Alex Peterson 27:28
I think it’s important as Maryland’s kind of alluded to earlier how nimble we’re going to have to be as promotion, the world the markets, consumers can change on a dime, and not that we would ever compromise. Our values are who we are as dairy farmers. But sometimes the accent that you inflict on what you’re communicating consumers has to change. And sometimes even the vocabulary has to change, even though it stays true to who we are as farmers. But being nimble as a promotion. Organization, I think is going to be critical as we go forward. And, and some of that is is what Marilyn was saying how we meet his boards, we can be more nimble there, especially if it frees up working dollars to invest in, in all these great programs we’ve talked about so far today, but also finding new ways for a farmers of all stripes to get their fingerprints on on what promotion is doing. Because as Maryland I have found farmers that really look at what we’re doing get involved, they come to appreciate all the hard work that’s going on and the successes that we have. And I think it’s important for farmers that are maybe they are promotion, skeptical. Come and take a look at what we’re doing. And honestly, if you have a better way to do it, we are all ears because that’s exactly what we’re here to do. And that’s what we are as farm representatives to take the best possible options and implement them for the whole injury industry sake. That’s a bunch of people that are really trying to get the work done. And if you want to share it help share the load. Maryland, I would love to let you carry some of the load. Well, let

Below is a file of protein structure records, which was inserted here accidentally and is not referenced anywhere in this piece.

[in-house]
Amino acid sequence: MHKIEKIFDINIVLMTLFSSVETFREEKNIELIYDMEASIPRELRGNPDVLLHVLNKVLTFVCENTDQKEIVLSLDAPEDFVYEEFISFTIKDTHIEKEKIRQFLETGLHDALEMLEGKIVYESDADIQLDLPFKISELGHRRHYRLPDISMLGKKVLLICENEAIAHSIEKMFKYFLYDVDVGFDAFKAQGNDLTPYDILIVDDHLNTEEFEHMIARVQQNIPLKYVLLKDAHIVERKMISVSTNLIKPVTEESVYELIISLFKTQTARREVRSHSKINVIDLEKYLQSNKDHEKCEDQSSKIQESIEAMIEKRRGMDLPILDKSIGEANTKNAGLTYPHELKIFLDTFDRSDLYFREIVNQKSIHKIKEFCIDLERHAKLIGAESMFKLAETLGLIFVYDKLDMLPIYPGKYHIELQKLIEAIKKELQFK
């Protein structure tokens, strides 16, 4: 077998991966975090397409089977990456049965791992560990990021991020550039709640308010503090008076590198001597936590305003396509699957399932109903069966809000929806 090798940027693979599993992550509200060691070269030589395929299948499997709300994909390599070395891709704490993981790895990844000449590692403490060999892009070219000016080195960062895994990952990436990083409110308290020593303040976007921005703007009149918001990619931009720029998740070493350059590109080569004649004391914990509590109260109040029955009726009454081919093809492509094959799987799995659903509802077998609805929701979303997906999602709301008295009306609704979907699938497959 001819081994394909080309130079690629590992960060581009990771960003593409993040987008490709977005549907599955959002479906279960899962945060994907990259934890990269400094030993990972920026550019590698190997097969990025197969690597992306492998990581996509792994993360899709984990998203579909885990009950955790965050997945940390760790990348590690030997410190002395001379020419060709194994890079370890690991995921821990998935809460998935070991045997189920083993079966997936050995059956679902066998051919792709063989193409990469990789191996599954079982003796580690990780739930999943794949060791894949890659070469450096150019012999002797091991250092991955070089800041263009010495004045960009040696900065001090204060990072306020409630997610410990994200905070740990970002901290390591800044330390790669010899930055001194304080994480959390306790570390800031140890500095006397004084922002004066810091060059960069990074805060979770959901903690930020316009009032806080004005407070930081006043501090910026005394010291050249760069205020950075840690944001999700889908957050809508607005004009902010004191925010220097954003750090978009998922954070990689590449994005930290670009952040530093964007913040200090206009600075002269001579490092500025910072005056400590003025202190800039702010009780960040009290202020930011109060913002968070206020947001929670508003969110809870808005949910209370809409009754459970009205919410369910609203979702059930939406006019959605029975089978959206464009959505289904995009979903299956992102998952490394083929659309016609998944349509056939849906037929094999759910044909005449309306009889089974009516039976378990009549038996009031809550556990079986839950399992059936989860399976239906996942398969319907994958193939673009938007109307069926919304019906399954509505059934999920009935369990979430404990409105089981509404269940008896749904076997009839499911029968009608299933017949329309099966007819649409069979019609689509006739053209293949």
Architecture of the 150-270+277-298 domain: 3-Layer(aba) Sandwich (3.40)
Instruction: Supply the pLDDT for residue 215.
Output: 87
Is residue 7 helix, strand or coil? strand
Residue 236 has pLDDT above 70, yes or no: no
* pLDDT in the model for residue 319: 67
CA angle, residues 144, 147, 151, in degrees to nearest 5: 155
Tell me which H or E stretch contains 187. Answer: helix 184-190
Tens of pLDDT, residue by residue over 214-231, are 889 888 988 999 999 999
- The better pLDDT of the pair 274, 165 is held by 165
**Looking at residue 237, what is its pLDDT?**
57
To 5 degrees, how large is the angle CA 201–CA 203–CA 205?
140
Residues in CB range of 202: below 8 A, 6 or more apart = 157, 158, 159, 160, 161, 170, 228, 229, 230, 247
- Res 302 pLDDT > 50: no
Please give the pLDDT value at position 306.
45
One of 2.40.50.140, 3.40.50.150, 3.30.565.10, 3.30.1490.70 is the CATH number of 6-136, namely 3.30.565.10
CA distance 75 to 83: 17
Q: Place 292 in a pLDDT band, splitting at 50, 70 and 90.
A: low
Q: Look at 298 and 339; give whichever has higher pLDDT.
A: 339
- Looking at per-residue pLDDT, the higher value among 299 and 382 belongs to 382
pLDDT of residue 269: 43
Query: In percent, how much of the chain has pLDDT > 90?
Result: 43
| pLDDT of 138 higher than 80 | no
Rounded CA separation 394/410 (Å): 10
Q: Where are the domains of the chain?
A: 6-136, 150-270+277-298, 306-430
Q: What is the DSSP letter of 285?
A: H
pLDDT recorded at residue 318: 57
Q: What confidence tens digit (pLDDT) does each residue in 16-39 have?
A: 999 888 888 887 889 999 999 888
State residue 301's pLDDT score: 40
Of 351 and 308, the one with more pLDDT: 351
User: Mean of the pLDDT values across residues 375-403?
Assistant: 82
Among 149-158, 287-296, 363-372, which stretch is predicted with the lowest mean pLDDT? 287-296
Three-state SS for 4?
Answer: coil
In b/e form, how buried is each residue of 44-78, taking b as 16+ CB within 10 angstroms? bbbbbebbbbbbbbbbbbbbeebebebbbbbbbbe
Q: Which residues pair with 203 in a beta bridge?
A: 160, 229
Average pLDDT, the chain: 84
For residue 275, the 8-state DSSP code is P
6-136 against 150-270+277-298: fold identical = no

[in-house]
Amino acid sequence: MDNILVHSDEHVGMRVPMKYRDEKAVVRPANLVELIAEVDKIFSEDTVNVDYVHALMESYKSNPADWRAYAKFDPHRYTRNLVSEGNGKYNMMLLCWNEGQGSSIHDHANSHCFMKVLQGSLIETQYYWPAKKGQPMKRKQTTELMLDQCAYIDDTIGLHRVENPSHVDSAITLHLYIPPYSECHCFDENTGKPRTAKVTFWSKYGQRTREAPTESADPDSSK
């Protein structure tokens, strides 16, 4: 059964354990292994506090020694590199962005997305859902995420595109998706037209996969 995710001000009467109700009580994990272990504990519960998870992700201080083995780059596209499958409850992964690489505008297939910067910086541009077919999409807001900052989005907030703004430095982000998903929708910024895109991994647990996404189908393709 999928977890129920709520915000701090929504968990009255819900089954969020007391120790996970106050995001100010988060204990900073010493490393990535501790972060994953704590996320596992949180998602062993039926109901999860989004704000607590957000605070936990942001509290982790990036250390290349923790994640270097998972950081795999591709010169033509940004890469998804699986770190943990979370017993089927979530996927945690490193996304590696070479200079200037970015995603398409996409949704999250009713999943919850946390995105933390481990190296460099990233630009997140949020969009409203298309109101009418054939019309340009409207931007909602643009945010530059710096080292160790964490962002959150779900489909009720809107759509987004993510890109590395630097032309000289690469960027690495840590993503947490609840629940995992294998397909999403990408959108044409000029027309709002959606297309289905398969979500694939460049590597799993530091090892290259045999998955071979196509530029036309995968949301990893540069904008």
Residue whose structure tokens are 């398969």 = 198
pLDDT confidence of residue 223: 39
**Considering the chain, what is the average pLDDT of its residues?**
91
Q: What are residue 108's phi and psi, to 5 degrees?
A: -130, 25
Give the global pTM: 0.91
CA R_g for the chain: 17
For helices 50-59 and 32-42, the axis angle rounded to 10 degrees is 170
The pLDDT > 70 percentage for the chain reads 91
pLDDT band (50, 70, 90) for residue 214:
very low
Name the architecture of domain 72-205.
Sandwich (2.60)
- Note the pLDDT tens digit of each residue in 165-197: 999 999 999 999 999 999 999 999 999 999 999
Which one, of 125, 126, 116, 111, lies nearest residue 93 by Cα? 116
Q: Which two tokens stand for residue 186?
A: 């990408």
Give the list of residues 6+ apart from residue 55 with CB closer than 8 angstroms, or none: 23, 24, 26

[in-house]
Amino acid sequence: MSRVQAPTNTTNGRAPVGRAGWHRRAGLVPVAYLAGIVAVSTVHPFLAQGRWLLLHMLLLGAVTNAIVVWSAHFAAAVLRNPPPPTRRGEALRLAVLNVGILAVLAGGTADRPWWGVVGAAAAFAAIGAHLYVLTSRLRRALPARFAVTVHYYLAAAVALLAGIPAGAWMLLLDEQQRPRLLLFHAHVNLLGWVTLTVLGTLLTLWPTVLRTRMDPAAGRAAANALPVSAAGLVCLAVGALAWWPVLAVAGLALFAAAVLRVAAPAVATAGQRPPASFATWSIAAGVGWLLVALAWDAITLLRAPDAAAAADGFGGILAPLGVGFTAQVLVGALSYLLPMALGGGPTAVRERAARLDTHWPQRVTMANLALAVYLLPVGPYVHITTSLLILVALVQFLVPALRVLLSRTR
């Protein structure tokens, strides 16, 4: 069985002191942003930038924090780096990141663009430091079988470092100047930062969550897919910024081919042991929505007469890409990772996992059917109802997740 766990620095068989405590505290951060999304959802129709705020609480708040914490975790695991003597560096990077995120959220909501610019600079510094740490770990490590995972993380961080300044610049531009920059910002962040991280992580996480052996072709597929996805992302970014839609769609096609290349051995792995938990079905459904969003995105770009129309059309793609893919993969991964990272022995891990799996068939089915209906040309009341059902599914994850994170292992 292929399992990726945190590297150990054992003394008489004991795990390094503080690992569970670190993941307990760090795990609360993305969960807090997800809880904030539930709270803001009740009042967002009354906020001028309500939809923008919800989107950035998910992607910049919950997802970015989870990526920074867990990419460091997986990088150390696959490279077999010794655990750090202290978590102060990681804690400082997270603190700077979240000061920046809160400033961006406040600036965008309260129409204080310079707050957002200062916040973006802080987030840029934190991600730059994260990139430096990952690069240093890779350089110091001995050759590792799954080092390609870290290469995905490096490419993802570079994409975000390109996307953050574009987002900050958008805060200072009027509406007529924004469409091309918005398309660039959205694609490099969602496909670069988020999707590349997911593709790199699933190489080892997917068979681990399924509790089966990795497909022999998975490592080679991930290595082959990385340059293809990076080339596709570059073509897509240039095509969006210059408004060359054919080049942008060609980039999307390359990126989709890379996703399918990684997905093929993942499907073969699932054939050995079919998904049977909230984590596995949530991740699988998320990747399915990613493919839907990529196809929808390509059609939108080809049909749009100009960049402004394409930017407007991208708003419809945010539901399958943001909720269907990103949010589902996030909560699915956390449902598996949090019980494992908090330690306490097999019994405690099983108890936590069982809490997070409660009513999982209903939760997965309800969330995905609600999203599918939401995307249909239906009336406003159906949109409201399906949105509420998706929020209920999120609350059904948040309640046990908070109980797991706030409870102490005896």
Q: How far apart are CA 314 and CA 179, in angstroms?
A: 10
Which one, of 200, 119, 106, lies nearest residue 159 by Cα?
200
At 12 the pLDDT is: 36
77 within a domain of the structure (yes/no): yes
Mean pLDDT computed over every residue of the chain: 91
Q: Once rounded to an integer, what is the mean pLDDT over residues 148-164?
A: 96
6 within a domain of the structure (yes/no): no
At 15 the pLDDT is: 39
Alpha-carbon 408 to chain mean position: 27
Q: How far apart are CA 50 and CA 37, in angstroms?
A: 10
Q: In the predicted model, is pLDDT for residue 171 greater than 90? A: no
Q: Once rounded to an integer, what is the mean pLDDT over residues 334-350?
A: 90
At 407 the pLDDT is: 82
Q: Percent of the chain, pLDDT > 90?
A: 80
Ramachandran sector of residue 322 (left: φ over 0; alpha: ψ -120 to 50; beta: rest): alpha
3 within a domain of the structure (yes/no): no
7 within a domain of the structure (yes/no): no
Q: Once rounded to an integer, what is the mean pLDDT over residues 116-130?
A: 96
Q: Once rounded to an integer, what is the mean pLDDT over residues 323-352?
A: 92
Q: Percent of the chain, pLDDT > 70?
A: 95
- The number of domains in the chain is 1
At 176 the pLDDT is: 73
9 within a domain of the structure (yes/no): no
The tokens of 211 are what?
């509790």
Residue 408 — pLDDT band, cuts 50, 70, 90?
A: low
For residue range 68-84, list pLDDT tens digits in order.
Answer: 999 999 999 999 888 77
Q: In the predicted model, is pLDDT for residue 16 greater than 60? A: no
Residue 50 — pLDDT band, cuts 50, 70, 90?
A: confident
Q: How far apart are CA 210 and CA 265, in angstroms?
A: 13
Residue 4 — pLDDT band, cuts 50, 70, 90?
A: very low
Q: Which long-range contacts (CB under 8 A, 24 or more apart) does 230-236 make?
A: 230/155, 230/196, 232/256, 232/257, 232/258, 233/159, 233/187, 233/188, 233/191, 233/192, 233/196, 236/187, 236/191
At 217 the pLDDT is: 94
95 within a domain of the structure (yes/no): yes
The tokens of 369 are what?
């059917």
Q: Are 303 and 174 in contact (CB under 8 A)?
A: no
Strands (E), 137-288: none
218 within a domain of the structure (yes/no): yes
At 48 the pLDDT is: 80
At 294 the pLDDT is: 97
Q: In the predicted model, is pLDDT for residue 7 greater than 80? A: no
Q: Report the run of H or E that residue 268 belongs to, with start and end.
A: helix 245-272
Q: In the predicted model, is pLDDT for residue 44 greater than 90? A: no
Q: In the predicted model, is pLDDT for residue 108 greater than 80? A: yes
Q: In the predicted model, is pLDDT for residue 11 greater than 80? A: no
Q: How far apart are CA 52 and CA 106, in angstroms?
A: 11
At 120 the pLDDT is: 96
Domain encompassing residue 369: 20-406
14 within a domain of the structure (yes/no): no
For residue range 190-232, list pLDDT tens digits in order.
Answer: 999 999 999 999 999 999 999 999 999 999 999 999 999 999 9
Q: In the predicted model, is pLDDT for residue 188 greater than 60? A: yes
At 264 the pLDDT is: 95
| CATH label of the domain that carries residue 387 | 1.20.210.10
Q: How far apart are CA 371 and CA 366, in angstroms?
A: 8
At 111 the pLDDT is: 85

Scott Wallin 29:08
me ask you, is there just one thing, when you look ahead, that’s got you’re most excited about the future? One thing
Marilyn Hershey 29:15
is hard. You know, I could say partnerships. Yeah, but I’m also excited about exploits. I’m excited about where we’re gonna land in school milk. I’m excited about the opportunities we have in science. We have some amazing things happening in science right now that we have patented, and we’re excited about the next couple of years. And so it’s hard to pinpoint one thing, Scott,
Alex Peterson 29:39
I’m excited for demand to continue to increase. And in a real nerdy economic way I would I want it to get more and more inelastic. So when that price goes up, people keep buying it.
Scott Wallin 29:53
Both of you have mentioned other farmers who may be asked questions of the checkoff and I do I think to your point, maybe one of the best ways is to get involved. What do you say to farmers about maybe stepping up and taking a leadership role? Maybe whether it’s locally or nationally? How can somebody get involved?